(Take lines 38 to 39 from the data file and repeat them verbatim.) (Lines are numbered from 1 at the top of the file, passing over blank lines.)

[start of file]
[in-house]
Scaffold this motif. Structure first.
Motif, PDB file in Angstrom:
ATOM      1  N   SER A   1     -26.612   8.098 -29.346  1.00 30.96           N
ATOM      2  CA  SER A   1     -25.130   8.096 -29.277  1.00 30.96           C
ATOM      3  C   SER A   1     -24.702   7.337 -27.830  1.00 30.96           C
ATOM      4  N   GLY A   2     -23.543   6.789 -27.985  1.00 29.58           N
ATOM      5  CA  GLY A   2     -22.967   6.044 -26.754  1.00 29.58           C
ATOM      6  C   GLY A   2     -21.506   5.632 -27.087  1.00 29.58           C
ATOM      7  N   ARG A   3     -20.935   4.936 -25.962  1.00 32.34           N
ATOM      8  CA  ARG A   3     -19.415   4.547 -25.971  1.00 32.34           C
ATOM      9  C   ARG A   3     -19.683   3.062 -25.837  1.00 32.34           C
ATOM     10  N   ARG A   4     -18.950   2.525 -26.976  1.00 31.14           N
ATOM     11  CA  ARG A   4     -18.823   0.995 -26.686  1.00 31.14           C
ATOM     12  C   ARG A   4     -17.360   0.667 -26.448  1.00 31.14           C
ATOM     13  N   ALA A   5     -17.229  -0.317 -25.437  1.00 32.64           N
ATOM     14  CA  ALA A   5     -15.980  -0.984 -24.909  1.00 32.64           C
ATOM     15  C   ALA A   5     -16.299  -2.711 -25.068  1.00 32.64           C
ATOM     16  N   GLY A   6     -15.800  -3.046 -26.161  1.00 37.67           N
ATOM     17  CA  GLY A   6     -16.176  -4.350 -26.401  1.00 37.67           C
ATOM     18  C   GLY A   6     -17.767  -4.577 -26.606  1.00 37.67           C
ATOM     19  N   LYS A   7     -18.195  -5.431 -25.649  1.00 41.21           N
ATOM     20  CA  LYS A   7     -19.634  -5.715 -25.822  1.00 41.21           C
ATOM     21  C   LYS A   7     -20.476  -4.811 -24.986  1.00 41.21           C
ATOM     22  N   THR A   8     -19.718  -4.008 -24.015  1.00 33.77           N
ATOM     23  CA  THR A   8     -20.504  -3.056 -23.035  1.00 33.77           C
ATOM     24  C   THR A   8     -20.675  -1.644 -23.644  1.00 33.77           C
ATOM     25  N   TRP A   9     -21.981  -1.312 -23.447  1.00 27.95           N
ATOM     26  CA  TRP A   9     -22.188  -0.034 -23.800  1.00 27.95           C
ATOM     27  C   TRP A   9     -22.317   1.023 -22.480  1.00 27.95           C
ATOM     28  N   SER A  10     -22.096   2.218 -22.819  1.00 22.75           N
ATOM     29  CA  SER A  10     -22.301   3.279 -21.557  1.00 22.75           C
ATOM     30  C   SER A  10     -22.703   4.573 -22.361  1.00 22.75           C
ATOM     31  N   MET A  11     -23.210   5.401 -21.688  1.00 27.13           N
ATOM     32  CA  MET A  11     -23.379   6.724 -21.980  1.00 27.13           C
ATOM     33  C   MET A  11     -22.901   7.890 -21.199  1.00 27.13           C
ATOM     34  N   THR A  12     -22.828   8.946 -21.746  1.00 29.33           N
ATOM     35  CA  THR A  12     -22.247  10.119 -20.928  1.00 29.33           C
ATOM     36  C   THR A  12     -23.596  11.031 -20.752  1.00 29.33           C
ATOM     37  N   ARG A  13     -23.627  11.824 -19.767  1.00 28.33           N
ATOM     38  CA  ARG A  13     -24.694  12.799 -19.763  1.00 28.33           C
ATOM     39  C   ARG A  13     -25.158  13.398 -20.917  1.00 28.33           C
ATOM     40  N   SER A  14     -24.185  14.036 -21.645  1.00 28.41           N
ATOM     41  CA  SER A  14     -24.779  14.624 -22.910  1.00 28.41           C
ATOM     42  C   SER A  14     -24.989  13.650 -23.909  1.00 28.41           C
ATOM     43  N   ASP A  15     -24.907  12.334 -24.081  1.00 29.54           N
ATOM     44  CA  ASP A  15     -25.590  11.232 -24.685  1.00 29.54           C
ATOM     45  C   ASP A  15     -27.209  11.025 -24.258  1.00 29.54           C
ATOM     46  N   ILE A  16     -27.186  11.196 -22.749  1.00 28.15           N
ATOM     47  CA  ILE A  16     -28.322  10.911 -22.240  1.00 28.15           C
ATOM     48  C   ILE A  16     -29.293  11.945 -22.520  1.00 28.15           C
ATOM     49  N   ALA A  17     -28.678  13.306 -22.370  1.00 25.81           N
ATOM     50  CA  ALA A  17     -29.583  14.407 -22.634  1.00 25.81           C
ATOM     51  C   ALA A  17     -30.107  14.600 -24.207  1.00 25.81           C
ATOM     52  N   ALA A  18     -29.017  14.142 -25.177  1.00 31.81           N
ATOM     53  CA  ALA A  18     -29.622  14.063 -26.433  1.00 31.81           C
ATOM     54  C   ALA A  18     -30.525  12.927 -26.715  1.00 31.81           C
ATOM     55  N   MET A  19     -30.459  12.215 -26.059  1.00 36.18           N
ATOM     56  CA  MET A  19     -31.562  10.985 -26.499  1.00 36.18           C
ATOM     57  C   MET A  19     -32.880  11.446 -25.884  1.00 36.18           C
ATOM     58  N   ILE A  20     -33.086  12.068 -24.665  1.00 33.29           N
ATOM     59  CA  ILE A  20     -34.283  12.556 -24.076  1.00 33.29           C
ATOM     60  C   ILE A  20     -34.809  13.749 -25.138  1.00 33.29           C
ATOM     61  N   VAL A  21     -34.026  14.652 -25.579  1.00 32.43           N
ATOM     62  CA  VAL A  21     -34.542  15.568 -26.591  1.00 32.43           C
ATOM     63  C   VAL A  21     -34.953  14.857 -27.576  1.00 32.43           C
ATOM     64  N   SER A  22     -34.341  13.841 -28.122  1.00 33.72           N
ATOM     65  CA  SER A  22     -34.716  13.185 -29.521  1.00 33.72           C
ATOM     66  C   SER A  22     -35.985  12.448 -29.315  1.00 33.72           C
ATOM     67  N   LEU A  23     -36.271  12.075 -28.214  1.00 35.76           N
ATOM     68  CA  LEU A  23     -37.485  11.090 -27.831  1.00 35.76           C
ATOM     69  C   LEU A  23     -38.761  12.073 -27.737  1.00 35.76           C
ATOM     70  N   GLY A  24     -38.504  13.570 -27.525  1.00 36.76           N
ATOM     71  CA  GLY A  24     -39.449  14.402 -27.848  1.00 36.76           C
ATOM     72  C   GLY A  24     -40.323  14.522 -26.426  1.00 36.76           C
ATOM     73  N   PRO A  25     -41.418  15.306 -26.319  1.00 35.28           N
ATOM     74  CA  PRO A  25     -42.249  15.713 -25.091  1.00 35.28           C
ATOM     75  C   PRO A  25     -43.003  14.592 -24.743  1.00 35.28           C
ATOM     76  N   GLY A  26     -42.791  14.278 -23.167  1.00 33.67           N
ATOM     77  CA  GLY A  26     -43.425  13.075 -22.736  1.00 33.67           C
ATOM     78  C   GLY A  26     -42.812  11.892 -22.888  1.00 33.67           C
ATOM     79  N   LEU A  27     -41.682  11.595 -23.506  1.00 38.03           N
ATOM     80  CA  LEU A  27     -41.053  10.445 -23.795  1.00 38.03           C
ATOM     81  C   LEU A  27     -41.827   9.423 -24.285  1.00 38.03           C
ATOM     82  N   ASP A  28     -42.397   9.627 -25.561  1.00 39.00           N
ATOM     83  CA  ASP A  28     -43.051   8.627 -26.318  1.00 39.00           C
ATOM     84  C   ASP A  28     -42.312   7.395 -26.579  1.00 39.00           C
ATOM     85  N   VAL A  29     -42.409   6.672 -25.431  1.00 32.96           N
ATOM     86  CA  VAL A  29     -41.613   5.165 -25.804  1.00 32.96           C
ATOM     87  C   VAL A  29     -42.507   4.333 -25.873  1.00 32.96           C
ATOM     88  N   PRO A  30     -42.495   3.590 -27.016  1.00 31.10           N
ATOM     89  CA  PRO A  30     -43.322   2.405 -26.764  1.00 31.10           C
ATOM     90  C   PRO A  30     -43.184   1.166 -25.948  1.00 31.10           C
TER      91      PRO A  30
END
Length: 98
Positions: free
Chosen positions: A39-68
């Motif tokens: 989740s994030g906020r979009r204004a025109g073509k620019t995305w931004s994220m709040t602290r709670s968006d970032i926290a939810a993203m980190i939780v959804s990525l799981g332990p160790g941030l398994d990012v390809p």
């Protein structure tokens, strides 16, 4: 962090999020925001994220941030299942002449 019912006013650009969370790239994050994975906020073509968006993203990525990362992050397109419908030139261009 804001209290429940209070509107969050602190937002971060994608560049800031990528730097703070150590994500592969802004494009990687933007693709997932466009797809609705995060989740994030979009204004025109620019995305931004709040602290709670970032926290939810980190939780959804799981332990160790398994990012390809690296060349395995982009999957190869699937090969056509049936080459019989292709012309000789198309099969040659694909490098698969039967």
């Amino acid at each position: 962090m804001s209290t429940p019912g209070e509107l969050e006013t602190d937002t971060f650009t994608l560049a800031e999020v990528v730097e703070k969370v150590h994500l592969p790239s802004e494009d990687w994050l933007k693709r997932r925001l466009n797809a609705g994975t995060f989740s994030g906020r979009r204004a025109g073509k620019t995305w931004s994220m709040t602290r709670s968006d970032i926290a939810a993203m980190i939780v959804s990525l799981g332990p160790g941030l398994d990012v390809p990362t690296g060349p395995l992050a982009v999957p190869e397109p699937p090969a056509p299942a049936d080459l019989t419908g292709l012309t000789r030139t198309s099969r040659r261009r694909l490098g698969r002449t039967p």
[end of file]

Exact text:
ATOM     35  CA  THR A  12     -22.247  10.119 -20.928  1.00 29.33           C
ATOM     36  C   THR A  12     -23.596  11.031 -20.752  1.00 29.33           C